Has Aerosmith considered making archival material available online in some form?
Yeah. I would really like to. First of all, we need to digitize all this stuff that we have. We had it archived, and the book, I swear, is five inches thick. A listing of all the little tidbits, everything from doing IDs in Japan, to filming little special things for conventions or something.
I think now that we're off the road, we can start thinking about our Web site more. We've got this 3-D Web site called Aerosmith World. You go in, and you pick an avatar. Then you go walking around in these rooms that are custom designed, according to our little tastes and quirks.
I have this vision of little areas where you would run across film bits. How that would then evolve into something you could go and buy, I'm not sure. But, you know, we've just got such a huge supply that it would be nice to do something like that and have it be available, for hopefully a really reasonable price.
The band definitely is interested in getting into projects that are not the once-every-two-years, blockbuster, career making or breaking album-type mode that we've been in. That has been the tradition in the industry until recently. People are starting to get used to the idea of things being a little more immediate and spontaneous. We want to do that. We also want to have our major presentations, but we're definitely interested in doing other things that would be smaller projects. You never know: the thing that makes a project big or small is how many people buy the record. So, we're always talking. And I think we're going to try a couple of those things.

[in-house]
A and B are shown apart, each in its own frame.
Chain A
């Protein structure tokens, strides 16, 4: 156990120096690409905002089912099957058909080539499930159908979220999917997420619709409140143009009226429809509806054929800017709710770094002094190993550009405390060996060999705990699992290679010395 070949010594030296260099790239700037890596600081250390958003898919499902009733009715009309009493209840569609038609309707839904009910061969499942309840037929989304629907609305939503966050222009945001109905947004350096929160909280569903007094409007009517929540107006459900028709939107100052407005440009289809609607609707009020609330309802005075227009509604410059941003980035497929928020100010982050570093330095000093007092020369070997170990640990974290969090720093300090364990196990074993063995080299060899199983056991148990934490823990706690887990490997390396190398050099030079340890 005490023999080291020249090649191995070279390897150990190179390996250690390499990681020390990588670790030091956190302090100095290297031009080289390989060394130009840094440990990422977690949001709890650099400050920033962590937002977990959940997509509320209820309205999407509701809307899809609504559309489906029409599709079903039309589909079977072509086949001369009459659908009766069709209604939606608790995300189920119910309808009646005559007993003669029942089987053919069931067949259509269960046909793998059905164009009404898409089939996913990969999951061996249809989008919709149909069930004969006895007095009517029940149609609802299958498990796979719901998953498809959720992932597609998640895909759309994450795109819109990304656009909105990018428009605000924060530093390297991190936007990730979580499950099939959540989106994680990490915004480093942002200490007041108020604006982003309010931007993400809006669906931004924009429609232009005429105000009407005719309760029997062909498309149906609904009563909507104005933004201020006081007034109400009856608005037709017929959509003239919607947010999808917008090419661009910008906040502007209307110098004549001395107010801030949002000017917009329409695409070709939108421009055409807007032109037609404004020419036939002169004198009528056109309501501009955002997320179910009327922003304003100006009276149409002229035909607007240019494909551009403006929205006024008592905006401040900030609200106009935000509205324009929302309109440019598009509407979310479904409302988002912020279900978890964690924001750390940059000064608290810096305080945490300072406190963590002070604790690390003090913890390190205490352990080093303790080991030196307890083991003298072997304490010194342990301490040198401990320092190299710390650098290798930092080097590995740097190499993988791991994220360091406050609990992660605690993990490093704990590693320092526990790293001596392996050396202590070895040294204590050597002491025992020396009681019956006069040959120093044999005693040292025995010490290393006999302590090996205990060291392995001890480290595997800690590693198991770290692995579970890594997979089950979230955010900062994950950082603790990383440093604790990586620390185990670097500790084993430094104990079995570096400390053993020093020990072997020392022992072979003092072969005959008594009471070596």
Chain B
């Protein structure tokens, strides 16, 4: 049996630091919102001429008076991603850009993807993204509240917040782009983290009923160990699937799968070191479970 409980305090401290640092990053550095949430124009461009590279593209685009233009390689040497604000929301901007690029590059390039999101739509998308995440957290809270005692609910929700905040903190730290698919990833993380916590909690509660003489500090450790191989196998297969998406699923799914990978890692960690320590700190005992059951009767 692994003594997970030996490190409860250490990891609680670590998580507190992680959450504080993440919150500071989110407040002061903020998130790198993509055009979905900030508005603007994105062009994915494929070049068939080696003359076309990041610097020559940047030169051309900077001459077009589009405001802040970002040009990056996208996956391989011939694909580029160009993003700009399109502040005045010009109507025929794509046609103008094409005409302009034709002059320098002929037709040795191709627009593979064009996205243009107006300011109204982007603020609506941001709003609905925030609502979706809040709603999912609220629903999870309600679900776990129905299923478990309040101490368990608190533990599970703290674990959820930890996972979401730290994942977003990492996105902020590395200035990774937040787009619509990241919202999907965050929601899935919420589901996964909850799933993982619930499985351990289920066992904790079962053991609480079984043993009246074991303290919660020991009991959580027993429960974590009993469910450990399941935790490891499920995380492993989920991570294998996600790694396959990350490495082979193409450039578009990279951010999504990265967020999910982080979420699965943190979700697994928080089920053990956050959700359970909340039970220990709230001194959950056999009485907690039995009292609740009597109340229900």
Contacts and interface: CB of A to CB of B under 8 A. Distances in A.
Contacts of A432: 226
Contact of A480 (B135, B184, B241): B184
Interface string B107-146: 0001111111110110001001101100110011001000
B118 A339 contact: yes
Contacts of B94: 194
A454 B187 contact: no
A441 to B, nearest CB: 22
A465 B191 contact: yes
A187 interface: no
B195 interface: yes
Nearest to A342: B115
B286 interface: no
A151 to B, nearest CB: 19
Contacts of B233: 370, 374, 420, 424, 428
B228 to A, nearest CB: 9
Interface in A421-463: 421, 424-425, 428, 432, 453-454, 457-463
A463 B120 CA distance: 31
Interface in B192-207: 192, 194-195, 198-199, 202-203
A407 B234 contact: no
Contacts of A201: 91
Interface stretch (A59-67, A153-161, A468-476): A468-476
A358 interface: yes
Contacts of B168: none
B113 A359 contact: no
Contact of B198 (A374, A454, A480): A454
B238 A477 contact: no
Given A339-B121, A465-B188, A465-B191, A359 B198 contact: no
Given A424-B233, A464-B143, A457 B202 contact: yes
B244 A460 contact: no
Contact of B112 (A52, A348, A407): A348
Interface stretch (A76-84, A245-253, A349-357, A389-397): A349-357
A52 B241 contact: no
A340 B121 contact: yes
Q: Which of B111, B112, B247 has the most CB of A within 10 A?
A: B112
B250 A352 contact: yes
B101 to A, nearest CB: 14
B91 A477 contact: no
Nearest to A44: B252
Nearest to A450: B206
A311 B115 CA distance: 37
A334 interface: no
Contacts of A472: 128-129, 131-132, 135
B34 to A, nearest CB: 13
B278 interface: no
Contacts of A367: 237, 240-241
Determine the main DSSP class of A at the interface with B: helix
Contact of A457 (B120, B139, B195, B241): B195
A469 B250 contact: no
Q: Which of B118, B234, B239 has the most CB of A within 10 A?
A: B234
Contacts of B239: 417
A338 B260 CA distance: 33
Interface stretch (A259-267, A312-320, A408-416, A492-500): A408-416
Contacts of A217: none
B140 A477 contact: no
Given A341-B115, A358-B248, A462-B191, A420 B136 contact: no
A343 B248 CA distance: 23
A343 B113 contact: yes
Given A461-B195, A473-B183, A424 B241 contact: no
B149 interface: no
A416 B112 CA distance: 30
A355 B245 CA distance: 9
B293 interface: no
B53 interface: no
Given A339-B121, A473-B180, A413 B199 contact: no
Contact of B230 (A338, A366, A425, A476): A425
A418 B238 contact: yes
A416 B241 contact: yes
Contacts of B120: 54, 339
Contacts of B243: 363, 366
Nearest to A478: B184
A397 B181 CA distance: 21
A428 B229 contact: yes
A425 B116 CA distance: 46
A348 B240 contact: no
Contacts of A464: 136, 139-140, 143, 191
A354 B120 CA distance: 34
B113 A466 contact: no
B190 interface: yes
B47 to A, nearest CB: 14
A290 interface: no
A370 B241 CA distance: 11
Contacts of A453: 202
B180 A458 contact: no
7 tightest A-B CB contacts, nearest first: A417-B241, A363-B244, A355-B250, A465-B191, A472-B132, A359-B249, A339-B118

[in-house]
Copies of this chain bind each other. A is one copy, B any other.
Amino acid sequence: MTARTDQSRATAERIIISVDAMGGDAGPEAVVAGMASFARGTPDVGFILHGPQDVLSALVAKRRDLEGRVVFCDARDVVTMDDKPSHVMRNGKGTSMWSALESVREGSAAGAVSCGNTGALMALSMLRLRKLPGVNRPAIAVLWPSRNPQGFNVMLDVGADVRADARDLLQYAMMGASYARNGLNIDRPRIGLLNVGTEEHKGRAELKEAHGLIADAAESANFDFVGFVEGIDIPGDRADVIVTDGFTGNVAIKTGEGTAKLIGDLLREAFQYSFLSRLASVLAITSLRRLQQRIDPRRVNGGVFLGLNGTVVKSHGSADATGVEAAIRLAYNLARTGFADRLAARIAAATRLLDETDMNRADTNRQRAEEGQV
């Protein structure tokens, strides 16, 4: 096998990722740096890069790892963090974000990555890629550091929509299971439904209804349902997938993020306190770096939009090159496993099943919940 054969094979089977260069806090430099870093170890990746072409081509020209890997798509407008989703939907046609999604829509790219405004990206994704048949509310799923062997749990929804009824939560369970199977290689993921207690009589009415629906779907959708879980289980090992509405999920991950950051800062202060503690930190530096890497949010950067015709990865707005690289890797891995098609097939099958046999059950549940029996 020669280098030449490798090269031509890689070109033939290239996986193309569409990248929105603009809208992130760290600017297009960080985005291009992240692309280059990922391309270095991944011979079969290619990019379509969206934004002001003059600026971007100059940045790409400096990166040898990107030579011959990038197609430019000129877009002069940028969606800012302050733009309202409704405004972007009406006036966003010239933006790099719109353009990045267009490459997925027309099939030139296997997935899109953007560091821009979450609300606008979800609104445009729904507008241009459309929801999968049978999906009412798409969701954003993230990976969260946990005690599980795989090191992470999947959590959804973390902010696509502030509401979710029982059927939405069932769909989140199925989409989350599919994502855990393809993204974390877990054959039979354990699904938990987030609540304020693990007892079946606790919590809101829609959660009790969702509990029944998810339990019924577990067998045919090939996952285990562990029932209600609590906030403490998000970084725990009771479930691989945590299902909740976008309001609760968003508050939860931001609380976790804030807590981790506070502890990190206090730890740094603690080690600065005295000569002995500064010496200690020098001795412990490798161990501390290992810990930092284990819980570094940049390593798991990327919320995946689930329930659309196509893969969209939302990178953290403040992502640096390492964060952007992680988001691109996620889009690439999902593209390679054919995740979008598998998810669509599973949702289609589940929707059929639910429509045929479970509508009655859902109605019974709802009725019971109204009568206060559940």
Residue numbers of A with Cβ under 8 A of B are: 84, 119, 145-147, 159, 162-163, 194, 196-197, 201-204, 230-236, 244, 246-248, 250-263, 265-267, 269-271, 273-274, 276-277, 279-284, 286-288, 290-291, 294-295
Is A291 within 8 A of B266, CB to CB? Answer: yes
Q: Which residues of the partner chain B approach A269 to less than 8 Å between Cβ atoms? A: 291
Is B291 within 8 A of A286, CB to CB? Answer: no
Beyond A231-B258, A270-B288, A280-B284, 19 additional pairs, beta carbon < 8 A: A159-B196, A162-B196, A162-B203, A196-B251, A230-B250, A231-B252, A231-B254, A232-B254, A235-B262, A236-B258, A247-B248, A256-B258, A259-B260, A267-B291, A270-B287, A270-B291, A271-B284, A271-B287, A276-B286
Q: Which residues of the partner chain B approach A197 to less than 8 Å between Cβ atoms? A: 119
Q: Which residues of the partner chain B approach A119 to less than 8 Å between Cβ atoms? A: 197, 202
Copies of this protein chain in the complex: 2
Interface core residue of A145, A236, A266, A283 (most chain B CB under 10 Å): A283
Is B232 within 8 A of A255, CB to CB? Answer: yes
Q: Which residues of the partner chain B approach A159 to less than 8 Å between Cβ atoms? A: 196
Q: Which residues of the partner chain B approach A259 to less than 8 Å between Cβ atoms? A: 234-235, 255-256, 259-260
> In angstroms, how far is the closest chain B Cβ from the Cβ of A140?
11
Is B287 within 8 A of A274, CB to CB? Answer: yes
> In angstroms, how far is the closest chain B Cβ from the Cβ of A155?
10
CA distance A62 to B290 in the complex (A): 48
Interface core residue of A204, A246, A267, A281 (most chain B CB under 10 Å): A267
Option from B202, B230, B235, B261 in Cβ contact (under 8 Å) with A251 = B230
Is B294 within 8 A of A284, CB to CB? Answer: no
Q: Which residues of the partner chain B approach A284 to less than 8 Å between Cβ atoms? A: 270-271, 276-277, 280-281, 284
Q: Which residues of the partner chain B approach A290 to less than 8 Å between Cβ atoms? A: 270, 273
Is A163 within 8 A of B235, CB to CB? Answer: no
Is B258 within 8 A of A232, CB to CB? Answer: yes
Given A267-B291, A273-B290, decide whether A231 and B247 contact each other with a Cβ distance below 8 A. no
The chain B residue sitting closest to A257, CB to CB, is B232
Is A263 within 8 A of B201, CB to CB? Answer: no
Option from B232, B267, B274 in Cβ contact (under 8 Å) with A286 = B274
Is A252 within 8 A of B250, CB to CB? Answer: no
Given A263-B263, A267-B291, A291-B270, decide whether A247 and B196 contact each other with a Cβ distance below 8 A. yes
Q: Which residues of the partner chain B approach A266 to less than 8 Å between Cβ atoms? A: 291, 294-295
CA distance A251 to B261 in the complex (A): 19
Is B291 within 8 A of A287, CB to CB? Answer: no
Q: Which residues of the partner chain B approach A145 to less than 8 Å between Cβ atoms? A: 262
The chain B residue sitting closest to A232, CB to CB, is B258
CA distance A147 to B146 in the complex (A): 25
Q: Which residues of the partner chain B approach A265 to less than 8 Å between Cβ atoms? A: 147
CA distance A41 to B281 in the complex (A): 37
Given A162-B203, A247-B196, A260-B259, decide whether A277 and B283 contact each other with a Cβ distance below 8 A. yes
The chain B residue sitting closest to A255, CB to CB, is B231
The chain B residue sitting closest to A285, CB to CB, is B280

Overall, "Just Push Play" seems a little more immediate than "Nine Lives." Can you talk about the process that went into making both albums?
I tend to look at records based on how it was to make them. "Nine Lives" was torture. We got a whole s***load recorded, but then we had this big meltdown in the band, so that this original wave of material that we did with Glen Ballard never saw the light of day. The idea was that we were going to go in with a different producer, Kevin Shirley, and re-record a few of them. And we wound up just making a whole new record. We also had a management regime change in there, and unfortunately there was some nasty press about that. It was really hard on the band emotionally. We probably came pretty close to just saying f*** it.
When we went to do this record, we were determined not to go through anything like that. We have new management that treats us like adults, so that's one thing. We were ready to go into the studio with a big producer and make an Aerosmith record, but something weird happened with the timing where he couldn't come up. We just started writing and demoing, and that just morphed into being the actual recording. Then we decided, 'Wait a minute. We want to keep going this way for awhile and see what happens.' The record company supported us in doing it, so the record was put together very spontaneously and in a very organic, creative process.